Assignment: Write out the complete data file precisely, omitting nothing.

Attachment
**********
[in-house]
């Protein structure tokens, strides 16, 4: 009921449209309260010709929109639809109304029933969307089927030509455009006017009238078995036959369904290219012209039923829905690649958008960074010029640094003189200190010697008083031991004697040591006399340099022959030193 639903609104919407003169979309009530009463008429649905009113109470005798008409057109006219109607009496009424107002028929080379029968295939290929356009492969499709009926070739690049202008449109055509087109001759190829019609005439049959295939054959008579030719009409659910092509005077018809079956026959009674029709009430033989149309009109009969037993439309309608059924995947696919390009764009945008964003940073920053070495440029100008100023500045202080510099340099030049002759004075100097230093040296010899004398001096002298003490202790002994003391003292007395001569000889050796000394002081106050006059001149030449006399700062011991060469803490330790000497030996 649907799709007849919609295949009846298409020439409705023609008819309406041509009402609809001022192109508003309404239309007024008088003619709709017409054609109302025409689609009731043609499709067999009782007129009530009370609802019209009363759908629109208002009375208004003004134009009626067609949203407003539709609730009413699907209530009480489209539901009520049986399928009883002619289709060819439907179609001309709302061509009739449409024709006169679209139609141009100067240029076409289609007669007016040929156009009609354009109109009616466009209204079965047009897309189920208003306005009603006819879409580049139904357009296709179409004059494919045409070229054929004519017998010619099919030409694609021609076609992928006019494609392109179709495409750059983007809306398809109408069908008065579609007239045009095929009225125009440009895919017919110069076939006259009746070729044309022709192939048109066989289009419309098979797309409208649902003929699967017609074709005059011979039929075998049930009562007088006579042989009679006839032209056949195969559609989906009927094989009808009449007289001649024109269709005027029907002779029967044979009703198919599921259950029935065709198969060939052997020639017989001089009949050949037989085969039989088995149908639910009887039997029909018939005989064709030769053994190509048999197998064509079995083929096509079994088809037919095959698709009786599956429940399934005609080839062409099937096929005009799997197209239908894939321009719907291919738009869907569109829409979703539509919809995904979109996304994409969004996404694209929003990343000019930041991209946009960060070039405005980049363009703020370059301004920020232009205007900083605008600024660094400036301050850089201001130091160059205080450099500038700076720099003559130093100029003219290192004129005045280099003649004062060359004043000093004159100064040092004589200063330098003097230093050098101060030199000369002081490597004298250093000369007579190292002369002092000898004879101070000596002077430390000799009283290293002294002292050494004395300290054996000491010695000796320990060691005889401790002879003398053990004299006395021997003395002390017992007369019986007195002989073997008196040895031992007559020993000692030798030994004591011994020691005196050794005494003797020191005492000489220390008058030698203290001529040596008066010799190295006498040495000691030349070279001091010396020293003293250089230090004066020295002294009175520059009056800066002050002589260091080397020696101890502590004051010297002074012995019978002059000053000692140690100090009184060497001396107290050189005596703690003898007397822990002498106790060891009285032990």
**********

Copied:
[in-house]
């Protein structure tokens, strides 16, 4: 009921449209309260010709929109639809109304029933969307089927030509455009006017009238078995036959369904290219012209039923829905690649958008960074010029640094003189200190010697008083031991004697040591006399340099022959030193 639903609104919407003169979309009530009463008429649905009113109470005798008409057109006219109607009496009424107002028929080379029968295939290929356009492969499709009926070739690049202008449109055509087109001759190829019609005439049959295939054959008579030719009409659910092509005077018809079956026959009674029709009430033989149309009109009969037993439309309608059924995947696919390009764009945008964003940073920053070495440029100008100023500045202080510099340099030049002759004075100097230093040296010899004398001096002298003490202790002994003391003292007395001569000889050796000394002081106050006059001149030449006399700062011991060469803490330790000497030996 649907799709007849919609295949009846298409020439409705023609008819309406041509009402609809001022192109508003309404239309007024008088003619709709017409054609109302025409689609009731043609499709067999009782007129009530009370609802019209009363759908629109208002009375208004003004134009009626067609949203407003539709609730009413699907209530009480489209539901009520049986399928009883002619289709060819439907179609001309709302061509009739449409024709006169679209139609141009100067240029076409289609007669007016040929156009009609354009109109009616466009209204079965047009897309189920208003306005009603006819879409580049139904357009296709179409004059494919045409070229054929004519017998010619099919030409694609021609076609992928006019494609392109179709495409750059983007809306398809109408069908008065579609007239045009095929009225125009440009895919017919110069076939006259009746070729044309022709192939048109066989289009419309098979797309409208649902003929699967017609074709005059011979039929075998049930009562007088006579042989009679006839032209056949195969559609989906009927094989009808009449007289001649024109269709005027029907002779029967044979009703198919599921259950029935065709198969060939052997020639017989001089009949050949037989085969039989088995149908639910009887039997029909018939005989064709030769053994190509048999197998064509079995083929096509079994088809037919095959698709009786599956429940399934005609080839062409099937096929005009799997197209239908894939321009719907291919738009869907569109829409979703539509919809995904979109996304994409969004996404694209929003990343000019930041991209946009960060070039405005980049363009703020370059301004920020232009205007900083605008600024660094400036301050850089201001130091160059205080450099500038700076720099003559130093100029003219290192004129005045280099003649004062060359004043000093004159100064040092004589200063330098003097230093050098101060030199000369002081490597004298250093000369007579190292002369002092000898004879101070000596002077430390000799009283290293002294002292050494004395300290054996000491010695000796320990060691005889401790002879003398053990004299006395021997003395002390017992007369019986007195002989073997008196040895031992007559020993000692030798030994004591011994020691005196050794005494003797020191005492000489220390008058030698203290001529040596008066010799190295006498040495000691030349070279001091010396020293003293250089230090004066020295002294009175520059009056800066002050002589260091080397020696101890502590004051010297002074012995019978002059000053000692140690100090009184060497001396107290050189005596703690003898007397822990002498106790060891009285032990």